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Nondumiso Tshabangu Reviews Freshwater by Akwaeke Emezi

FreshwaterStar Rating: ★★★☆☆ 3/5
Akwaeke Emezi
Faber & Faber, March 2018
Online Price: R244


A strange debut novel, Freshwater explores the surreal experience of having a fractured self. It centres around a young Nigerian woman, Ada, who develops separate selves as a result of being born “with one foot on the other side”.

The first madness was that we were born, that they stuffed a god into a bag of skin.

Ada begins her life in the south of Nigeria as a troubled baby and a source of deep concern to her family. Her parents, Saul and Saachi, successfully prayed her into existence, but as she grows into a volatile and broken child, it becomes clear that something went terribly aslant.

When Ada comes of age and moves to America for college, the group of selves within her grows in power and agency. A traumatic assault leads to a manifestation of her alternate selves: Asụghara and Saint Vincent. As Ada fades into the background of her own mind and these selves – now protective, now hedonistic – move into control, Ada’s life spirals in a dark and dangerous direction.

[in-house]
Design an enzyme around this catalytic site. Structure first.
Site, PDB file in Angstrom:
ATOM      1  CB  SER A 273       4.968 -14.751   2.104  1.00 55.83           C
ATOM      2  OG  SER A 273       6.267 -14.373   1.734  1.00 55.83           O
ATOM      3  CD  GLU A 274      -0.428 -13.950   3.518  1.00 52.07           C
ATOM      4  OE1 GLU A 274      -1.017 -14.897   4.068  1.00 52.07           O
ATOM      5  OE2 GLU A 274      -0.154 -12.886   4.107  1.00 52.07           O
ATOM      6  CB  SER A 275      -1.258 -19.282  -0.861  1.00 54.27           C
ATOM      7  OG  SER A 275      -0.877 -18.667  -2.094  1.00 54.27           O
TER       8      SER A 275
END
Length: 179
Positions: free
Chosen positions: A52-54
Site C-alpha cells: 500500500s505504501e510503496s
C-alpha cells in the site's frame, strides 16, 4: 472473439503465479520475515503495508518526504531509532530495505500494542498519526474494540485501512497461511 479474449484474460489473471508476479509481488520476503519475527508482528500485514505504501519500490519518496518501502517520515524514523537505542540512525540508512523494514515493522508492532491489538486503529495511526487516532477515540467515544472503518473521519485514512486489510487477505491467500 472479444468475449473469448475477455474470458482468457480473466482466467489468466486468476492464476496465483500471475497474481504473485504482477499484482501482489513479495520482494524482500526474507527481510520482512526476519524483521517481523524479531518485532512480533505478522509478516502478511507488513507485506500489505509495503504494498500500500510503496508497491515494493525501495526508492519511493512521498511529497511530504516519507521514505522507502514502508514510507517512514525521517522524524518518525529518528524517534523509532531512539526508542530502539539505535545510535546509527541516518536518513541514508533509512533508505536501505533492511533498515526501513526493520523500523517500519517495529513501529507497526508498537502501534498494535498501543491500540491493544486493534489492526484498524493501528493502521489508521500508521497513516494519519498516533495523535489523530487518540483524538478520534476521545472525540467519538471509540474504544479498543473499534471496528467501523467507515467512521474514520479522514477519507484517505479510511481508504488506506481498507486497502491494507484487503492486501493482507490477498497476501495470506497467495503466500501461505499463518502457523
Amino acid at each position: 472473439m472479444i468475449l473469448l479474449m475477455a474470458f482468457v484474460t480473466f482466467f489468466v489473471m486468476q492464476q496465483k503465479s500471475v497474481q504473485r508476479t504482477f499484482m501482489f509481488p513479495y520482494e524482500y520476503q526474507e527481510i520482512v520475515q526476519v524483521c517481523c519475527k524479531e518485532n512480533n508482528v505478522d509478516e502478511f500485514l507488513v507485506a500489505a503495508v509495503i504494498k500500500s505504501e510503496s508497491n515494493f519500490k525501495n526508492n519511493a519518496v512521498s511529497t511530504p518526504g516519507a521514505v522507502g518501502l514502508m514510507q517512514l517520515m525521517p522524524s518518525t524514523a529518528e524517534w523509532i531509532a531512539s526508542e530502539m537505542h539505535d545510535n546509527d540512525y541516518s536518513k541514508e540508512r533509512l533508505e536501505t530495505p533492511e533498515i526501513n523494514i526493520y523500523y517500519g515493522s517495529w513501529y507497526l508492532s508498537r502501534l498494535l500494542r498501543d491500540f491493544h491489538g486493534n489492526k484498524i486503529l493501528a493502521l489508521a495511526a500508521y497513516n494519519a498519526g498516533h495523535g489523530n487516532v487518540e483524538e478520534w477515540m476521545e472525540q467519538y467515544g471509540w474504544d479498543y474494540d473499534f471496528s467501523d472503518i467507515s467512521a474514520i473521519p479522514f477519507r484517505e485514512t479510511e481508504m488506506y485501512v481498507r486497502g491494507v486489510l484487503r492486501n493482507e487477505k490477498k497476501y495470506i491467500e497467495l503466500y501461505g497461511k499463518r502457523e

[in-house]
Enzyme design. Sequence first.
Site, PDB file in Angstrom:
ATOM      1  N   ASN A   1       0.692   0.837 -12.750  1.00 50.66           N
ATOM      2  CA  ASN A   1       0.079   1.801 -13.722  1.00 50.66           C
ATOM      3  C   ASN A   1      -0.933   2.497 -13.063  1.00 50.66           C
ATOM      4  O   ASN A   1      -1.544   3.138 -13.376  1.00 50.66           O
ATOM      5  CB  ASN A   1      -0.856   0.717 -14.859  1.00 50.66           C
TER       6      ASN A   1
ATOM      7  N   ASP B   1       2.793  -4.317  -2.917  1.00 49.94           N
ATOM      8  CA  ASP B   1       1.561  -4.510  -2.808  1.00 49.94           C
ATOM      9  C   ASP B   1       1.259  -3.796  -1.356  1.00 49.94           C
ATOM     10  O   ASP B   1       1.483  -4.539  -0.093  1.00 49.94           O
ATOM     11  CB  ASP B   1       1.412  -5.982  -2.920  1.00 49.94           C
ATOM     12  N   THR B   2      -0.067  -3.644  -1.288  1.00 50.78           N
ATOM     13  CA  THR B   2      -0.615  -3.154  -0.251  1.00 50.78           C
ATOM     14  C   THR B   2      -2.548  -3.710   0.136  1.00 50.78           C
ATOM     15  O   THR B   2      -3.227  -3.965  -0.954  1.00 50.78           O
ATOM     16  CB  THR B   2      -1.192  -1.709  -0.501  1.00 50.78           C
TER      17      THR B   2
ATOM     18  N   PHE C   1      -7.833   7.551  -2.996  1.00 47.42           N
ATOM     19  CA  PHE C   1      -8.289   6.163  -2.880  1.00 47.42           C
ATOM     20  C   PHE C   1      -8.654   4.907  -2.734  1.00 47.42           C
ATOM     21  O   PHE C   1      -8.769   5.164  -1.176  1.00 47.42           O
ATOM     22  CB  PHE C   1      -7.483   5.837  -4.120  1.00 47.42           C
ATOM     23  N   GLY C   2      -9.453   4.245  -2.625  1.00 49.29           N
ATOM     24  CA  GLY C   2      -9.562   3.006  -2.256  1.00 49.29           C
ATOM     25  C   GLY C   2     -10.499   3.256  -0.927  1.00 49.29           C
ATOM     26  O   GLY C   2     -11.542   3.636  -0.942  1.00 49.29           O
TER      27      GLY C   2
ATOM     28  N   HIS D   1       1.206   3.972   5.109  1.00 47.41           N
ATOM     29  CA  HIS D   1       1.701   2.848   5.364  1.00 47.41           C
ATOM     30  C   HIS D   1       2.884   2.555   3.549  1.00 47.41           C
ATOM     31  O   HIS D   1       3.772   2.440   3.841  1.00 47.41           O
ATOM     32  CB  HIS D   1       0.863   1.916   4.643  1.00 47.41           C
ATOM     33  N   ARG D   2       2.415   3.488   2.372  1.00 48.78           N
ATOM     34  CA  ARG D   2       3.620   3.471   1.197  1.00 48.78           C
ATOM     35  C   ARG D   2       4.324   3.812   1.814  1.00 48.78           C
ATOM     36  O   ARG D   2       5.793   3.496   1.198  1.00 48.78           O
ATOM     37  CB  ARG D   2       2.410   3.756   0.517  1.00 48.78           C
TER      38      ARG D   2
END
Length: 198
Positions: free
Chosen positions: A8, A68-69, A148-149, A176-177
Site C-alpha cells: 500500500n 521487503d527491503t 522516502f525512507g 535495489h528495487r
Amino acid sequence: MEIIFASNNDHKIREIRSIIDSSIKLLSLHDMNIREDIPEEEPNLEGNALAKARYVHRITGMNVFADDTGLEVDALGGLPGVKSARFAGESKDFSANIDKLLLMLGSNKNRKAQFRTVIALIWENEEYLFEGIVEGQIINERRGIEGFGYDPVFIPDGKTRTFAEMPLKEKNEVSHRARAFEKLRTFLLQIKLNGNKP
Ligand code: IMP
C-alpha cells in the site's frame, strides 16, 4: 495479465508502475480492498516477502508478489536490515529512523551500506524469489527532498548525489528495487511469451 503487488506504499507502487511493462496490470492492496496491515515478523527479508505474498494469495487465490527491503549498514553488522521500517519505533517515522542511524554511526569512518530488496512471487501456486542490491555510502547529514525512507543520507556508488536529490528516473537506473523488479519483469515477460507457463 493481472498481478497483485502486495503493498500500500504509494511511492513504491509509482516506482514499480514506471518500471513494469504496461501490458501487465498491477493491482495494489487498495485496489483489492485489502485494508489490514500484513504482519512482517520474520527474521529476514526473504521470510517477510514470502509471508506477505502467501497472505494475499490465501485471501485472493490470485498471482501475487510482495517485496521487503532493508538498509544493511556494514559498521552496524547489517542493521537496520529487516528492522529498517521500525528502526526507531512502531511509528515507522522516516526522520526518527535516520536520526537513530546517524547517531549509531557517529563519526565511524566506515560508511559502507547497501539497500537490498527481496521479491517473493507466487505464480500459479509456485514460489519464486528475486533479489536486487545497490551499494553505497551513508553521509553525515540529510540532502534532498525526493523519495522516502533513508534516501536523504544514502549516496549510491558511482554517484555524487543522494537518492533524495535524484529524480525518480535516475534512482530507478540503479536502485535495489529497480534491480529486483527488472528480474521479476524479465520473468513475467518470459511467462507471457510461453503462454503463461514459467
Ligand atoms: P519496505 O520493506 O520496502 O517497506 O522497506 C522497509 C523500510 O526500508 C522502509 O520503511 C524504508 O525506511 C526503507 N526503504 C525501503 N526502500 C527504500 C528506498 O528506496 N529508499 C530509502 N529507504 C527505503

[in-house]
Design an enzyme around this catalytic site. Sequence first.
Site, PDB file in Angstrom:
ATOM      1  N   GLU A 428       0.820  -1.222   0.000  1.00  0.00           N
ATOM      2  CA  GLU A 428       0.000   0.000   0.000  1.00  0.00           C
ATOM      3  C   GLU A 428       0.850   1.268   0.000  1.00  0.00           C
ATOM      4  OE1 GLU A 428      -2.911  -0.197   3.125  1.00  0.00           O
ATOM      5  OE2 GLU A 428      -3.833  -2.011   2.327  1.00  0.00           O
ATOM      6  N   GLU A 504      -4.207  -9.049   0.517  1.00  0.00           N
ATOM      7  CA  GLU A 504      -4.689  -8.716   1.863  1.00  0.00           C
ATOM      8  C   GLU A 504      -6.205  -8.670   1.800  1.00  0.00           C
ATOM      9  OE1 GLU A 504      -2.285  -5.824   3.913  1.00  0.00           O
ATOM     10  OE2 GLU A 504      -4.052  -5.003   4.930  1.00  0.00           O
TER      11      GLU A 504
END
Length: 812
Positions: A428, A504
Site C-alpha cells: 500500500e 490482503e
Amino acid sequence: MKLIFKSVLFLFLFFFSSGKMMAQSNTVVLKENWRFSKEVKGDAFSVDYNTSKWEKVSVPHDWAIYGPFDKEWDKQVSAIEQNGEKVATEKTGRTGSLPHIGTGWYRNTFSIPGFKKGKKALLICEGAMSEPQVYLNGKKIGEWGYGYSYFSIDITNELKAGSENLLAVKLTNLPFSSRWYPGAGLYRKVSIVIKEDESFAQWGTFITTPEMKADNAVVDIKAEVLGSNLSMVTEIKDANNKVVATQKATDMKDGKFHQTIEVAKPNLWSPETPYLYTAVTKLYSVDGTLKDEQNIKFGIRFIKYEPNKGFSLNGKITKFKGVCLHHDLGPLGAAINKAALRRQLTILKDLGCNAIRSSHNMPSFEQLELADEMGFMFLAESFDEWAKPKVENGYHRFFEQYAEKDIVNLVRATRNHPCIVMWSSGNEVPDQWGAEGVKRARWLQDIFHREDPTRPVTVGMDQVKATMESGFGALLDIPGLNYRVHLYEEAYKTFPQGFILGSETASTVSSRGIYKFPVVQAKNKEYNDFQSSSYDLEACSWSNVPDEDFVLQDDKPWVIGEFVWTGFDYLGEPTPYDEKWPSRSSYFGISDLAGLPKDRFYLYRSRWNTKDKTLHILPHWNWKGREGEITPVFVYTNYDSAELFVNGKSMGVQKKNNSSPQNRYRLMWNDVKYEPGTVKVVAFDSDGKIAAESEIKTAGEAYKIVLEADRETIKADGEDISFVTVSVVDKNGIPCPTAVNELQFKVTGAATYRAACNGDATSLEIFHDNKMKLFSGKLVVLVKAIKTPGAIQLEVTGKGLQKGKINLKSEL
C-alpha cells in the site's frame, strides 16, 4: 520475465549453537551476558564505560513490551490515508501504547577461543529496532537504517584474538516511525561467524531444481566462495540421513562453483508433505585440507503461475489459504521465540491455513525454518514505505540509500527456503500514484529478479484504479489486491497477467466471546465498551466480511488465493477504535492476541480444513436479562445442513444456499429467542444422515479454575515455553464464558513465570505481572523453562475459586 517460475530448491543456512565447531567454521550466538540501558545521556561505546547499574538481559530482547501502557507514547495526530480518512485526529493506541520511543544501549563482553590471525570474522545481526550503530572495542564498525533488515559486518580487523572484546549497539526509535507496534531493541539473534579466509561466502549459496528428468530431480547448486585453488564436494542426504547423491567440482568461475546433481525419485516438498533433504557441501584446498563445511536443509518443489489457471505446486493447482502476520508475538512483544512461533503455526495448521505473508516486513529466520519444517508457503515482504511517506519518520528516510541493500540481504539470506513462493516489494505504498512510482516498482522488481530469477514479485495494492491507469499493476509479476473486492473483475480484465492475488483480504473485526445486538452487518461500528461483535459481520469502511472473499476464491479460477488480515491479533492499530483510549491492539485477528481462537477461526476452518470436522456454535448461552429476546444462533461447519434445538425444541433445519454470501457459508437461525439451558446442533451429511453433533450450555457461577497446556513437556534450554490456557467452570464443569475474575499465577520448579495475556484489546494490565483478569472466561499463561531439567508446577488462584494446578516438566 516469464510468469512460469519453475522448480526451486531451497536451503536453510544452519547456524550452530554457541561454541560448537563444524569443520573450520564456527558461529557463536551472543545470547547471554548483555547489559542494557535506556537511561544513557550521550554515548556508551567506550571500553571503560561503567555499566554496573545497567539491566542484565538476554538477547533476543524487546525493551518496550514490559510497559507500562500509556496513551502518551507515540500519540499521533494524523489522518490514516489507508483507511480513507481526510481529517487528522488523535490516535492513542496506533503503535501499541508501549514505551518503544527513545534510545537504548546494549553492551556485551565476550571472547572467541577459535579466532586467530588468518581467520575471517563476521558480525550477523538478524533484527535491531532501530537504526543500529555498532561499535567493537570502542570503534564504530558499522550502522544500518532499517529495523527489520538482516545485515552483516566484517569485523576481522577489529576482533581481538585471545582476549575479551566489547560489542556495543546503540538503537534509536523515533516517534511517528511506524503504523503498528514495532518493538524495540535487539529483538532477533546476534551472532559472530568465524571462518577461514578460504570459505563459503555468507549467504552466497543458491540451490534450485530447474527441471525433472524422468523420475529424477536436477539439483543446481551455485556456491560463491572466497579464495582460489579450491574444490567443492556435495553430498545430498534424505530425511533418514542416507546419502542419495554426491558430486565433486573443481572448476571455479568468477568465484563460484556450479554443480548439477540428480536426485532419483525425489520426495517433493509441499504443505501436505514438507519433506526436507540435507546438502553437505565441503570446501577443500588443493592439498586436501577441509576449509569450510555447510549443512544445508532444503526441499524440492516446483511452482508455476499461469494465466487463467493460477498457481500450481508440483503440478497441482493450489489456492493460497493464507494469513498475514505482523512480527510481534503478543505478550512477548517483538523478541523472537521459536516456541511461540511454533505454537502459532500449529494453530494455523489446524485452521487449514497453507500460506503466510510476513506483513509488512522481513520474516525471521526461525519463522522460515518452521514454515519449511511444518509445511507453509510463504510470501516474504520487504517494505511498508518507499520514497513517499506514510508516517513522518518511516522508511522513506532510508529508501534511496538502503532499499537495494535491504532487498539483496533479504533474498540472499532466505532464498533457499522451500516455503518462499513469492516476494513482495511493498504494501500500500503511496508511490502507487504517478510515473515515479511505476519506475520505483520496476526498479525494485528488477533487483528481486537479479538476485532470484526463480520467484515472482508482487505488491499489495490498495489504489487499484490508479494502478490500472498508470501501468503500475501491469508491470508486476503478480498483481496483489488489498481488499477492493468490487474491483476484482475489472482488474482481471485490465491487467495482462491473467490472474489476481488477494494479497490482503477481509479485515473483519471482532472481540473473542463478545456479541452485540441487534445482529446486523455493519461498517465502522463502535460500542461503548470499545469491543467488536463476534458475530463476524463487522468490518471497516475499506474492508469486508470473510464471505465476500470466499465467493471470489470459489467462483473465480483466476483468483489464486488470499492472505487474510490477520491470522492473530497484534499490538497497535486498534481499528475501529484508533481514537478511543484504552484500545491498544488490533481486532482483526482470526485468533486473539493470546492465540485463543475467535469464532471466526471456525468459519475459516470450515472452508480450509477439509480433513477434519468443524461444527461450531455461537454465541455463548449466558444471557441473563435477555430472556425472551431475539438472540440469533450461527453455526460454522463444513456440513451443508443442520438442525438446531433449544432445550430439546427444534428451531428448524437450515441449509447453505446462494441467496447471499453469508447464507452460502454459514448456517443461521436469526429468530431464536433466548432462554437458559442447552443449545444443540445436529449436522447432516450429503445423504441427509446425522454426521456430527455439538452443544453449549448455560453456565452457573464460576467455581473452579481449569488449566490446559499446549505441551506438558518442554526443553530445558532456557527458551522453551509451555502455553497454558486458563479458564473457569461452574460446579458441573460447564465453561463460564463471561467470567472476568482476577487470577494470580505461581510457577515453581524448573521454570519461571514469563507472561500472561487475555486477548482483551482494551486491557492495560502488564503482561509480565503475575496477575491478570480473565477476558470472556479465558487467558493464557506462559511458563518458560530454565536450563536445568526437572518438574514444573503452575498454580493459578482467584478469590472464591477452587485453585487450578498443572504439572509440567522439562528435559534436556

Narrated by the various selves within Ada, Freshwater dazzles with fierce energy. It starts off scary, or rather as a strange and confusing wheeling, and ends up with a reader totally double-smacked with its piercing elicitation of a rare way of experiencing the world – one that illuminates how we all construct our identities.

It is a mesmerizing and poetic debut that crashes open ideas of self-control, mental illness, and love. With every passing page, I felt myself submerge into the complex depths of Ada’s identity, letting the waves of Igbo tradition infiltrate my understanding of the world and completely change my perception of a person’s agency.

Review by Nondumiso Tshabangu, editor of Africa’s Lit, the African literature-themed newsletter from Exclusive Books

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